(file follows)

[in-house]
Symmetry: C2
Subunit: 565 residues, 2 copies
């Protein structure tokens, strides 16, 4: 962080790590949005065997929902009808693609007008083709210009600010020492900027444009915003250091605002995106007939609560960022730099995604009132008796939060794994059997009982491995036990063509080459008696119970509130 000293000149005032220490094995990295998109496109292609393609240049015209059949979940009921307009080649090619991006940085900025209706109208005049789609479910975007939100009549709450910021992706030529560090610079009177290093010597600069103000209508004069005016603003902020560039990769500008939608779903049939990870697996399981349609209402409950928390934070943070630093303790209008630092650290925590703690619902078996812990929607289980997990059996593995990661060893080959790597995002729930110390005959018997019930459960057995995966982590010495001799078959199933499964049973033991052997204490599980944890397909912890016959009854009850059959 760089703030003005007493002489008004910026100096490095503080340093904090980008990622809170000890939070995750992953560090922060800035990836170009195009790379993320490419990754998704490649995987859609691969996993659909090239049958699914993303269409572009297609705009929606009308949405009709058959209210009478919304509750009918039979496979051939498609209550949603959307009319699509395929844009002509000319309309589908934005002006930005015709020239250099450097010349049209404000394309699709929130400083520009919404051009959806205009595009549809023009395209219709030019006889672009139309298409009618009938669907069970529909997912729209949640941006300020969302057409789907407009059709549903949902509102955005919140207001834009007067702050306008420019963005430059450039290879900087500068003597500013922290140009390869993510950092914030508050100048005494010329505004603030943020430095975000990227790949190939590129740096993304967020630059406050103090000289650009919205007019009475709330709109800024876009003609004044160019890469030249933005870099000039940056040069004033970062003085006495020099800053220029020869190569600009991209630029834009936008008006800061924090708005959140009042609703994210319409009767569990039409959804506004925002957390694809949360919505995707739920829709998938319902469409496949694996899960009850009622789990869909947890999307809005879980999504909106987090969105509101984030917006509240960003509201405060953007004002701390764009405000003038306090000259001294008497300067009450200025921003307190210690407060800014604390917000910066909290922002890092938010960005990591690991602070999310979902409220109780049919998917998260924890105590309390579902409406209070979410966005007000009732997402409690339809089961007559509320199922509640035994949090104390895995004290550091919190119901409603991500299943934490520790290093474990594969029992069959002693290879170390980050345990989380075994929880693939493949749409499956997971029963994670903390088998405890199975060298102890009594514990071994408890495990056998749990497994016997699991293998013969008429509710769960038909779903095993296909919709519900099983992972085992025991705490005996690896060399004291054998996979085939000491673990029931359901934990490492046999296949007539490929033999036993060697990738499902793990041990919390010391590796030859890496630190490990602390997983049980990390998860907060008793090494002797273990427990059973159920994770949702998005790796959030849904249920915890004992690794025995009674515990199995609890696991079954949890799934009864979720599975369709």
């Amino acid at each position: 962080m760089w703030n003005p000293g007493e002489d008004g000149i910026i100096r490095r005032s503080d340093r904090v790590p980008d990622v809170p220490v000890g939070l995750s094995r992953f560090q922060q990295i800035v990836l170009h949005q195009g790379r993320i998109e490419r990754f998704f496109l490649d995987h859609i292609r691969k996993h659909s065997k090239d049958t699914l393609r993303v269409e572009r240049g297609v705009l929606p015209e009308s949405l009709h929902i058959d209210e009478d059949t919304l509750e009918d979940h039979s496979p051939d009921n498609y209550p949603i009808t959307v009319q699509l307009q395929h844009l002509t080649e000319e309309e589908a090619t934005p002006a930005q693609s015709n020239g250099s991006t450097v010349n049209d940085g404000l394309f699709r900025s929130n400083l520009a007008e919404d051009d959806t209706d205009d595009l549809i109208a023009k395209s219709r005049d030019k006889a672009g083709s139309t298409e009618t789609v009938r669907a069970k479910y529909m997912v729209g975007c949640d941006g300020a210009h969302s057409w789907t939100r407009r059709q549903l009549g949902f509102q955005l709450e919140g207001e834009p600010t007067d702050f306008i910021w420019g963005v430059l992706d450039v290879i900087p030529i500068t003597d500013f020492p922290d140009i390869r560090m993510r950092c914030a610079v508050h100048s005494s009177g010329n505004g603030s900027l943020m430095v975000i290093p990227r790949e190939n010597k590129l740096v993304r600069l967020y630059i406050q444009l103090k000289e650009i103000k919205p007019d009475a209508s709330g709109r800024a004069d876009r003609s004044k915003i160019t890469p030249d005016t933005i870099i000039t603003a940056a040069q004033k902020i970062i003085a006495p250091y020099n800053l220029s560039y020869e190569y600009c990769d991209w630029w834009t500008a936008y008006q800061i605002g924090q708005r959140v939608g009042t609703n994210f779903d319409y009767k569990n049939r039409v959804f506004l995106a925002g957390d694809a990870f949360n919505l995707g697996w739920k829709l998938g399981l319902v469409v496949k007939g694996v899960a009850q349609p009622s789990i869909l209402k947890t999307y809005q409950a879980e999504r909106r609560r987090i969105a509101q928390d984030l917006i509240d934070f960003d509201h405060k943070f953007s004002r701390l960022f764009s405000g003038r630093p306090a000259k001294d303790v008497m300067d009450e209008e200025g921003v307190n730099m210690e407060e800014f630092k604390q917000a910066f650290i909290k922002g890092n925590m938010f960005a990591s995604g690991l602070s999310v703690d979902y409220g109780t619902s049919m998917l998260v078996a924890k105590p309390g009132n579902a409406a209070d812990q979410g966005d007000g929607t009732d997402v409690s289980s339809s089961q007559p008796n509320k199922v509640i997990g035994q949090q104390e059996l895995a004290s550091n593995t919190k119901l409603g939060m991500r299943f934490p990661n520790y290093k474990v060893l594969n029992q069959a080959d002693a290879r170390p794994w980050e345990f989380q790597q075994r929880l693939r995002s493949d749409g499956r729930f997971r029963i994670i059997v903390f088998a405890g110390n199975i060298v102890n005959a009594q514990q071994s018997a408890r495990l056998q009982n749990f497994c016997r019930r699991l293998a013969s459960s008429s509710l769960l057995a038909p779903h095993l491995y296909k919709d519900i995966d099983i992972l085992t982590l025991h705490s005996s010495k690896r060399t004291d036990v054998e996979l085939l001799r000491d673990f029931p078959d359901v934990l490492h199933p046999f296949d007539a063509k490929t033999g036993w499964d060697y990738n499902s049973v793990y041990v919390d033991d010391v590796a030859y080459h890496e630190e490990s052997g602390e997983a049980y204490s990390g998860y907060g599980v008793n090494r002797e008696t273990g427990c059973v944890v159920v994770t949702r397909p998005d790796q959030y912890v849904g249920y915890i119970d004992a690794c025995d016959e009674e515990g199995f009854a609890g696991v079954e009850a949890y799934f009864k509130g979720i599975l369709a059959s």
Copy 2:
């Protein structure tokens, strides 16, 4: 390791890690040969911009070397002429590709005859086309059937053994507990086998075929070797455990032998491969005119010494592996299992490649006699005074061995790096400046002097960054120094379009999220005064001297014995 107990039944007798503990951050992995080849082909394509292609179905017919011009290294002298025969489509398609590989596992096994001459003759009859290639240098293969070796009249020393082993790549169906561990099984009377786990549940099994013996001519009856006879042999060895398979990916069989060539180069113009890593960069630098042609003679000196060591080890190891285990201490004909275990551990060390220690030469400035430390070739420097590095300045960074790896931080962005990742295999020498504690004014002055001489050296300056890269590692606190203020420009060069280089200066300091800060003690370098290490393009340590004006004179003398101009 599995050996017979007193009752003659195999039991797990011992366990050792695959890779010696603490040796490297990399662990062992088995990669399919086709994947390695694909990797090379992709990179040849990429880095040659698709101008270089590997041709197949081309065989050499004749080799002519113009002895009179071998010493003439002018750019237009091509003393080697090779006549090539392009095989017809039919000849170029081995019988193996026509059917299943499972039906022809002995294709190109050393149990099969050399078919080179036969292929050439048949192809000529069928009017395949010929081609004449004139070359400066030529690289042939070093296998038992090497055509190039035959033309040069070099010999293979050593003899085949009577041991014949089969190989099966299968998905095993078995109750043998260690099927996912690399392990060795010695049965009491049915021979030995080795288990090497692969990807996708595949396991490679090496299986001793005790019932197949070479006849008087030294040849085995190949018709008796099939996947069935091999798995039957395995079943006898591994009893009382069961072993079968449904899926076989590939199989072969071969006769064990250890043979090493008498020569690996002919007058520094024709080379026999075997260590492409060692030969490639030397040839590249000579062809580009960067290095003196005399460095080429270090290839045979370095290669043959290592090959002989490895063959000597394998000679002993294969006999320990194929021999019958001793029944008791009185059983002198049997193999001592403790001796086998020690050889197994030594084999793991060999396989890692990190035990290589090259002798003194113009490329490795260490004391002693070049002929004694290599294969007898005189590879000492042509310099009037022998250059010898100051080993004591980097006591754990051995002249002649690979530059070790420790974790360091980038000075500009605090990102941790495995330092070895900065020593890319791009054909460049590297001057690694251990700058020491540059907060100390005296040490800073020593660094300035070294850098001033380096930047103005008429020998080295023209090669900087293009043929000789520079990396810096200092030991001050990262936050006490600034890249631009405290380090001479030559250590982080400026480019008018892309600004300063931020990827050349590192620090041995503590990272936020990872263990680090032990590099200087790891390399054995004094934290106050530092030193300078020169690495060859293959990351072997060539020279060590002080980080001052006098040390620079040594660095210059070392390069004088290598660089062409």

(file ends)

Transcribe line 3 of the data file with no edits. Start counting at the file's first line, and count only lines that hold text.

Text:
Subunit: 565 residues, 2 copies